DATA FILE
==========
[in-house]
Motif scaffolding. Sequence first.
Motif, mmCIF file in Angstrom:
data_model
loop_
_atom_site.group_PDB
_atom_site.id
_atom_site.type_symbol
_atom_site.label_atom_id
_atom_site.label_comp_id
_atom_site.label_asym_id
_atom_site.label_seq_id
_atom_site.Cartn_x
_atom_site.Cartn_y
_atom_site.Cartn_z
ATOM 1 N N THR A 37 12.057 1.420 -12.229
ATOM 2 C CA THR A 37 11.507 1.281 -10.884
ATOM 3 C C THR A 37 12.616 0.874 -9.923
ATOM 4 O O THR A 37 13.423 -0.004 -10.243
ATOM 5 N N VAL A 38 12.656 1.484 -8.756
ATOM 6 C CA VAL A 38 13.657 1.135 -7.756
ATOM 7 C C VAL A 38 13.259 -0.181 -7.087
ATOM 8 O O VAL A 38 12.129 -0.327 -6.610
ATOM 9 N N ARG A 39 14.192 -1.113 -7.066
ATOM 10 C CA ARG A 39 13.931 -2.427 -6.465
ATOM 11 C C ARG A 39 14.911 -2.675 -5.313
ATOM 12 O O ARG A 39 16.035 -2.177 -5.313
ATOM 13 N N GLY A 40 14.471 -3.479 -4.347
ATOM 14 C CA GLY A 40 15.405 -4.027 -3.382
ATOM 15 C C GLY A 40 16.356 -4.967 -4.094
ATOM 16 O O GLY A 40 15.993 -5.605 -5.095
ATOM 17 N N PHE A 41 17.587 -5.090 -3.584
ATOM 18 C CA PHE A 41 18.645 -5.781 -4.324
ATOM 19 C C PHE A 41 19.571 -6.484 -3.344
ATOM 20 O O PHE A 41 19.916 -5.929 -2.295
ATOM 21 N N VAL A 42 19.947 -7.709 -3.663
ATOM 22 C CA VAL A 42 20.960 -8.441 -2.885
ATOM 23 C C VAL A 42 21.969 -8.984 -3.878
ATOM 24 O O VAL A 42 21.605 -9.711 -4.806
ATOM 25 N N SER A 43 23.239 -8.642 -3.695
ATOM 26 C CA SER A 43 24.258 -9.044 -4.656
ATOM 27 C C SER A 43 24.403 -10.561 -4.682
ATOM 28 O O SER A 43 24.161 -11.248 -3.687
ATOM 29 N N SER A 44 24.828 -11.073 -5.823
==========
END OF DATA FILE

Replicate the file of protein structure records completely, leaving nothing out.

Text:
[in-house]
Motif scaffolding. Sequence first.
Motif, mmCIF file in Angstrom:
data_model
loop_
_atom_site.group_PDB
_atom_site.id
_atom_site.type_symbol
_atom_site.label_atom_id
_atom_site.label_comp_id
_atom_site.label_asym_id
_atom_site.label_seq_id
_atom_site.Cartn_x
_atom_site.Cartn_y
_atom_site.Cartn_z
ATOM 1 N N THR A 37 12.057 1.420 -12.229
ATOM 2 C CA THR A 37 11.507 1.281 -10.884
ATOM 3 C C THR A 37 12.616 0.874 -9.923
ATOM 4 O O THR A 37 13.423 -0.004 -10.243
ATOM 5 N N VAL A 38 12.656 1.484 -8.756
ATOM 6 C CA VAL A 38 13.657 1.135 -7.756
ATOM 7 C C VAL A 38 13.259 -0.181 -7.087
ATOM 8 O O VAL A 38 12.129 -0.327 -6.610
ATOM 9 N N ARG A 39 14.192 -1.113 -7.066
ATOM 10 C CA ARG A 39 13.931 -2.427 -6.465
ATOM 11 C C ARG A 39 14.911 -2.675 -5.313
ATOM 12 O O ARG A 39 16.035 -2.177 -5.313
ATOM 13 N N GLY A 40 14.471 -3.479 -4.347
ATOM 14 C CA GLY A 40 15.405 -4.027 -3.382
ATOM 15 C C GLY A 40 16.356 -4.967 -4.094
ATOM 16 O O GLY A 40 15.993 -5.605 -5.095
ATOM 17 N N PHE A 41 17.587 -5.090 -3.584
ATOM 18 C CA PHE A 41 18.645 -5.781 -4.324
ATOM 19 C C PHE A 41 19.571 -6.484 -3.344
ATOM 20 O O PHE A 41 19.916 -5.929 -2.295
ATOM 21 N N VAL A 42 19.947 -7.709 -3.663
ATOM 22 C CA VAL A 42 20.960 -8.441 -2.885
ATOM 23 C C VAL A 42 21.969 -8.984 -3.878
ATOM 24 O O VAL A 42 21.605 -9.711 -4.806
ATOM 25 N N SER A 43 23.239 -8.642 -3.695
ATOM 26 C CA SER A 43 24.258 -9.044 -4.656
ATOM 27 C C SER A 43 24.403 -10.561 -4.682
ATOM 28 O O SER A 43 24.161 -11.248 -3.687
ATOM 29 N N SER A 44 24.828 -11.073 -5.823